Such industries and their lobbyists also create great pressures on the governments of developing nations to allow access to their lands and natural resources, both via legal and illegal means.
Hence, a crucial and overarching cause of tropical forest loss and degradation today is increasing industrialization and globalization.
In summary, our goal is not to defend any environmental organization or to suggest that environmentally and socially equitable development is not an important objective for developing and transitional nations.
Nor do we dispute that palm oil plantations, when established on previously deforested or abandoned lands such that they do not contribute either directly or indirectly to deforestation, can have important economic benefits and largely acceptable environmental costs.
However, we do assert that a number of the key arguments of WGI, ITS and Oxley represent significant distortions, misrepresentations or misrepresentations of fact.
In other cases, the arguments they have presented amount to a “muddying of the waters,” which we argue is designed to defend the credibility of the corporations we believe are directly or indirectly supporting them financially.
As such WGI and ITS should be treated as lobbying or advocacy groups, not as independent research organizations, and their arguments weighted accordingly.
William F. Laurance, Ph.D.; Thomas E. Lovejoy, Ph.D.; Sir Ghillean Prance, FRS, VMH; Paul R. Ehrlich, Ph.D.; Georgina Mace, Ph.D., FRS, CBE; Peter H. Raven, Ph.D.; Susan M. Cheyne, Ph.D.; Corey J.A. Bradshaw, Ph.D.; Omar R. Masera, Ph.D.; Gabriella Fredriksson, Ph.D.; Barry W. Brook, Ph.D.; Lian Pin Koh, Ph.D.
The refusal of the Indonesian government to allow Rainbow Warrior, dubbed by some as Greenpeace’s environmental warship, to dock in Indonesia recently, reveals a growing impatience in Southeast Asia toward the attitudes and methods of Western environmentalists.
There are two sources of disaffection. The first is disregard of the poor and economic growth.
The second is distortion of science to make a political case.
The declared aim of Greenpeace and WWF is to see an end to all conversion of forest to any other purpose everywhere. There is no scientific case for this and a powerful economic argument against.
World Growth joined the global debate to argue for solutions that respected action to reduce poverty, not displace it. This has drawn criticism, as we expected, and we welcome it.
At last the impact of green strategies on poverty is now on the table.
To those who argue that biodiversity is threatened unless all conversion of forest land ceases, we ask the questions: “What biodiversity is expressly protected by global cessation of conversion of forest land to other purposes and how is that biodiversity scientifically measured?”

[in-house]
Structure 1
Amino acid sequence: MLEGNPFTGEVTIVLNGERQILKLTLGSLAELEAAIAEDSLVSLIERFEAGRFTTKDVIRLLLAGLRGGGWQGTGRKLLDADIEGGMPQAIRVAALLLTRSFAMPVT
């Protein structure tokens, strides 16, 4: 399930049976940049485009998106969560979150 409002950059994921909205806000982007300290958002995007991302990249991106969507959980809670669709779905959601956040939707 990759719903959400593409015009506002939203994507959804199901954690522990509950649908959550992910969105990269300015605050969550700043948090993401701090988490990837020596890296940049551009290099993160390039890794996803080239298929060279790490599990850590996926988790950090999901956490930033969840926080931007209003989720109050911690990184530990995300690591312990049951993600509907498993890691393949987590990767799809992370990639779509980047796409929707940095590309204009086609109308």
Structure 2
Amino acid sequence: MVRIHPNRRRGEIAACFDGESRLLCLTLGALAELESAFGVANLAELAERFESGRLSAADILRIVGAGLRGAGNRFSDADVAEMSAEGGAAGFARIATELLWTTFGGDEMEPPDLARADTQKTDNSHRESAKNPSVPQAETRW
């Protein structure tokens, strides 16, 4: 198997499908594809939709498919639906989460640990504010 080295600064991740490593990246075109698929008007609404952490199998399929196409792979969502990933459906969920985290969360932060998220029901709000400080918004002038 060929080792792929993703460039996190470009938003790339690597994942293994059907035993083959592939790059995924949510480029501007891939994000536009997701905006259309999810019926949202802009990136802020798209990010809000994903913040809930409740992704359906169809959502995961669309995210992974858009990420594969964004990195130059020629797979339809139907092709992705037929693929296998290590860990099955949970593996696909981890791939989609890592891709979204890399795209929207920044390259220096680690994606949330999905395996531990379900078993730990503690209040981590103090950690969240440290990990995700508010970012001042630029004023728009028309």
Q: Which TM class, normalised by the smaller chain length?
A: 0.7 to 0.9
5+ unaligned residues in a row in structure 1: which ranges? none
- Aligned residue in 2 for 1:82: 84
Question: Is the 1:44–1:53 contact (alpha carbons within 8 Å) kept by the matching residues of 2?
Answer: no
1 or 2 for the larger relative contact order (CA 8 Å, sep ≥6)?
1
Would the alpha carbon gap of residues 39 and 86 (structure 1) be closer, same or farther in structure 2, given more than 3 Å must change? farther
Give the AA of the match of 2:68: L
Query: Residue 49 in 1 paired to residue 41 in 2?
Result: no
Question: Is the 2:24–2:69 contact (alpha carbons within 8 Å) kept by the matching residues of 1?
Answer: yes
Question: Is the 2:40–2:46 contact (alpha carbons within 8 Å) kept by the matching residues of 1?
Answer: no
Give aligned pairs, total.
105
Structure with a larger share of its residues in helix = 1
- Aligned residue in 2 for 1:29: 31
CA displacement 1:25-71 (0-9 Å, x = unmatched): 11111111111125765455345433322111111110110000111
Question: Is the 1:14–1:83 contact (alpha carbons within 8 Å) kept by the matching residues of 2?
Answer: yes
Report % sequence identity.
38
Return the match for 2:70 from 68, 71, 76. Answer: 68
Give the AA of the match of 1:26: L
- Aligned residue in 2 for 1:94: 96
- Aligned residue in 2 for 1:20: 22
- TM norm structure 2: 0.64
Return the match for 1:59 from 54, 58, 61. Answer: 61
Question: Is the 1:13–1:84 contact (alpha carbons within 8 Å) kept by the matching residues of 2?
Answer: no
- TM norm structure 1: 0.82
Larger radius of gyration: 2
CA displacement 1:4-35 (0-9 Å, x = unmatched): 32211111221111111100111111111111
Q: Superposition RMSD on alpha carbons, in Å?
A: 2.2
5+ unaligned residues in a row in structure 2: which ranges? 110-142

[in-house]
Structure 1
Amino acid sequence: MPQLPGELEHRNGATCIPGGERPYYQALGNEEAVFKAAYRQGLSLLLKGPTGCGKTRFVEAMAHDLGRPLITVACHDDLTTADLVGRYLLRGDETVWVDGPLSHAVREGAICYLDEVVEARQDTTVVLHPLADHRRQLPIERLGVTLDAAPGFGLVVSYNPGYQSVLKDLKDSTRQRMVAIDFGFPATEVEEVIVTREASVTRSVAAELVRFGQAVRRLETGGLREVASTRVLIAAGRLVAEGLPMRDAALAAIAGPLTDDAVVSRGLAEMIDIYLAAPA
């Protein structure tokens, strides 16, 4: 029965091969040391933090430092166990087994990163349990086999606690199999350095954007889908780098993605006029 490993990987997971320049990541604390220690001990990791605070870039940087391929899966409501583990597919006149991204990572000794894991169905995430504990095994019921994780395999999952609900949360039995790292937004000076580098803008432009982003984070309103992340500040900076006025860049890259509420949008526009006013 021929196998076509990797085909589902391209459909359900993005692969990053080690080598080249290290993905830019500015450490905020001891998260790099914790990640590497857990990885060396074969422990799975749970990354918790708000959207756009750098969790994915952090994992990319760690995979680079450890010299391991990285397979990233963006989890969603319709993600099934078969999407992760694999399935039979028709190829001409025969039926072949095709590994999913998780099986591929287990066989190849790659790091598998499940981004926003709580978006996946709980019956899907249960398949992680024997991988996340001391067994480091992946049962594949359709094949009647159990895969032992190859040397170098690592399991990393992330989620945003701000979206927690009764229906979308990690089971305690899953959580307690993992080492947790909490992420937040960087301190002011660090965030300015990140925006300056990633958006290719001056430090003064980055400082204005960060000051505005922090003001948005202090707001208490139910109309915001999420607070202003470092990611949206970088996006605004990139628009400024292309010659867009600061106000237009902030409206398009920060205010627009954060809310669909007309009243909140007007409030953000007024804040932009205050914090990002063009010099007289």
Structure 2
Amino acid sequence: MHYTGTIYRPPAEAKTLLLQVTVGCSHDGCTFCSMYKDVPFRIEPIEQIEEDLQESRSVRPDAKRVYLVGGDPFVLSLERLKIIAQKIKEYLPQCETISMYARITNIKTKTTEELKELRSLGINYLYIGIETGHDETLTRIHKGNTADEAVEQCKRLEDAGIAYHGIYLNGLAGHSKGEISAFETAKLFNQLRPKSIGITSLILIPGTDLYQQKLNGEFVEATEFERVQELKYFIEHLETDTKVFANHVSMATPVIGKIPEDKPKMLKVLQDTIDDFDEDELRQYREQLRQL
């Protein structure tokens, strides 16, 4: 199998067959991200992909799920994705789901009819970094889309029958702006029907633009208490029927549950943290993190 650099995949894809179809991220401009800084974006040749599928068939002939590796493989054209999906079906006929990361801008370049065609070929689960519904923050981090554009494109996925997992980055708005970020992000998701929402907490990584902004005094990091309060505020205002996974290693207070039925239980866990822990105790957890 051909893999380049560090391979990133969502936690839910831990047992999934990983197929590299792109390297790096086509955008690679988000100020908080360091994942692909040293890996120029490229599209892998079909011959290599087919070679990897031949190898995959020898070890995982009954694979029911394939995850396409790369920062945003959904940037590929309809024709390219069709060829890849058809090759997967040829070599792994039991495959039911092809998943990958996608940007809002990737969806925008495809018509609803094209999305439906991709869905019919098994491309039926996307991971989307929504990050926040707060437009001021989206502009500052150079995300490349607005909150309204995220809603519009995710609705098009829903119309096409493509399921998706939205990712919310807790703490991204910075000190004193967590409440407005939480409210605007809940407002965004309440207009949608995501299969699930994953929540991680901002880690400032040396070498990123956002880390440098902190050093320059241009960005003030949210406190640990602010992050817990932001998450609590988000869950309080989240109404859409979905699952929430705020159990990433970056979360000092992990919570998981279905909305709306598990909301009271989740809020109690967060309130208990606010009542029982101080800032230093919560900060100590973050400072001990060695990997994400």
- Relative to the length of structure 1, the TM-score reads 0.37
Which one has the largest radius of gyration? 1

To World Growth’s knowledge, no scientific analysis supporting this position has so far been produced.
However, one political effort has been made to set how much forest should be preserved globally to be able to protect current biodiversity.
Signatories to the UN Convention on Biological Diversity proposed at one point that 10 percent of the world’s forests needed to be set aside to protect biodiversity.
WWF has reported that that target has been met. The Food and Agriculture Organization reports that 21 percent of forest land in South and Southeast Asia has been set aside for biodiversity conservation (considerably more than the CBD’s proposed 10 percent).
The United Nations Environment Program has reported that 21 percent of tropical forests are in protected areas. In temperate forests the percentage is less than 13 percent, but even then we cannot be too precise.
For example, the FAO recently revised its deforestation figures for 2000-2005 downwards by more than 12 million hectares — half the area of Britain.
Two points to underline here are that plenty of forest land remains for productive activity and that globally the rate of deforestation is modest and declining.
The FAO reports the global deforestation rate has declined from 0.20 percent of forest land per annum to around 0.14 percent per annum over the past two decades.
This reflects historical and current empirical research on forests and economic development — that as societies become wealthier, deforestation slows, stops and eventually gives way to forest expansion.
That said, this is all educated guesswork. The technical basis of the measurement of global measure of forest cover could be significantly improved, and the FAO has been pressing for this to be done.
This would evidently be useful information. Instead of agitation for this from biodiversity activists and environmentalists, there is silence.
This is not surprising. Science is adduced to support a political case when it suits, not to establish facts.
Greenpeace and WWF have a long record between them of producing supposedly scientific reports where claims are not supported, even false and facts are misrepresented or distorted.
Greenpeace has been caught out twice in the last few months, producing heavily distorted reports about the pulp and palm oil industries.
WWF’s record is little better. It has made claims about the rate of burning down Indonesian forests which have been publicly demonstrated as wrong.